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accordance acquire action advantages ancient attained attention authority beauty become better body branches called cause character child circumstances classical common consequence consider course cultivated delivery designed direct discipline duty early effect eloquence emotion employed energies exercise existence experience expression fact faculty favorable feeling give greater habits hand happiness human ideas important improvement influence institutions instruction intellectual interest knowledge languages laws learning lecture less literature manner means mind moral nature necessary never object observed parents particular perfect perhaps persons philosophy possess powers practical present principles proper pupils question reading reason regard relation remark render respect result schools sentiments society speaking spirit successful taste teach teacher thing thought tion true trustees truth universal voice whole young youth
Page 210 - There is not, in my opinion, a more pleasing and triumphant consideration in religion than this of the perpetual progress which the soul makes towards the perfection of its nature, without ever arriving at a period in it.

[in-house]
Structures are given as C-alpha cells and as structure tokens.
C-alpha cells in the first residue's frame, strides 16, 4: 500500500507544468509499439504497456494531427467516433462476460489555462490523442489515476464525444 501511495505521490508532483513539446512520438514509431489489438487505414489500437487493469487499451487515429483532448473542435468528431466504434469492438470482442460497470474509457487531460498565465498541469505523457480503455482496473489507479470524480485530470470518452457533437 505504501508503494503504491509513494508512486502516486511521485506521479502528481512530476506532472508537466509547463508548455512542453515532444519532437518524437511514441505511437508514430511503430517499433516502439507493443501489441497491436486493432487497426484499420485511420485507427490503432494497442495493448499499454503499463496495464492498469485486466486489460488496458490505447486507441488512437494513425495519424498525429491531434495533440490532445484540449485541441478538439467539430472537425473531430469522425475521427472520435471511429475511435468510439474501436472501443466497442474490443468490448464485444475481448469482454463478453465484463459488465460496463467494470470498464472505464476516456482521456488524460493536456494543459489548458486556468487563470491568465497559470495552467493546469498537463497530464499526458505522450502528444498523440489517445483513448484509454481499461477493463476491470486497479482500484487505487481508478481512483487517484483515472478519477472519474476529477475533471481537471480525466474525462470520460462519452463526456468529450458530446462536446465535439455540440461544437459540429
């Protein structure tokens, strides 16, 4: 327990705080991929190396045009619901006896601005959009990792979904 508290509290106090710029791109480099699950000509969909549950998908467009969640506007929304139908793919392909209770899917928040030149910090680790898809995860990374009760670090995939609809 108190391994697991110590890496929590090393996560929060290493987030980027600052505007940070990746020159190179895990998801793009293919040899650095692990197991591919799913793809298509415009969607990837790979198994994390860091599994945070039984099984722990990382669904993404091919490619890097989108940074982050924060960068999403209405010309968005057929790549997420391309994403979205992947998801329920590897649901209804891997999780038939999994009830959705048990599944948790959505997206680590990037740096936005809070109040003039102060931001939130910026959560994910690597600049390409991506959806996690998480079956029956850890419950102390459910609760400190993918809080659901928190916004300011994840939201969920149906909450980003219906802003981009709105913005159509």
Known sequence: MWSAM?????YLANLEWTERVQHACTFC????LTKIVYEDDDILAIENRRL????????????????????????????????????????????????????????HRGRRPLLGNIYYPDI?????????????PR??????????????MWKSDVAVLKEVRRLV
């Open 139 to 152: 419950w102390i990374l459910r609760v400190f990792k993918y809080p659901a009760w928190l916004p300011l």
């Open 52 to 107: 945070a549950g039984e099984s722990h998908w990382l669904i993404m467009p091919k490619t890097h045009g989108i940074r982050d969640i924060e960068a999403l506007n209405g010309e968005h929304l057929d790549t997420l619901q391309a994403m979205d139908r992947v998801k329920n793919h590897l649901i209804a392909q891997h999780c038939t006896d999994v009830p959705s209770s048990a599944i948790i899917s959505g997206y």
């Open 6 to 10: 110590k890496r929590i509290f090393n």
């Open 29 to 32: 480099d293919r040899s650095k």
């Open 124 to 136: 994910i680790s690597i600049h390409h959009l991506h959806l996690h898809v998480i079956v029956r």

Page 211 - The soul, considered with its Creator, is like one of those mathematical lines, that may draw nearer to another for all eternity, without a possibility of touching it : and can there be a thought so transporting, as to consider ourselves in these perpetual approaches to HIM, who Is the standard not only of perfection, but of happiness ! ADDISON.
Page 222 - Let school-taught pride dissemble all it can, These little things are great to little man ; And wiser he, whose sympathetic mind Exults in all the good of all mankind.
Page 56 - Chasten thy son while there is hope, and let not thy soul spare for his crying.
Page 181 - The warbling woodland, the resounding shore, The pomp of groves, and garniture of fields; All that the genial ray of morning gilds, And all that echoes to the song of even, All that the mountain's sheltering bosom shields, And all the dread magnificence of heaven, O how canst thou renounce, and hope to be forgiven ! X.
Page 181 - The negligently grand, the fruitful bloom Of coming ripeness, the white city's sheen, The rolling stream, the precipice's gloom, The forest's growth, and Gothic walls between, The wild rocks shaped as they had turrets been, In mockery of man's art...
Page 180 - Lake Leman woos me with its crystal face, The mirror where the stars and mountains view The stillness of their aspect in each trace Its clear depth yields of their far height and hue...
Page 217 - The poet's or historian's page by one Made vocal for the amusement of the rest...
Page 160 - The end, then, of learning is to repair the ruins of our first parents by regaining to know God aright and out of that knowledge to love him, to imitate him, to be like him as we may the nearest by possessing our souls of true virtue, which being united to the heavenly grace of faith makes up the highest perfection.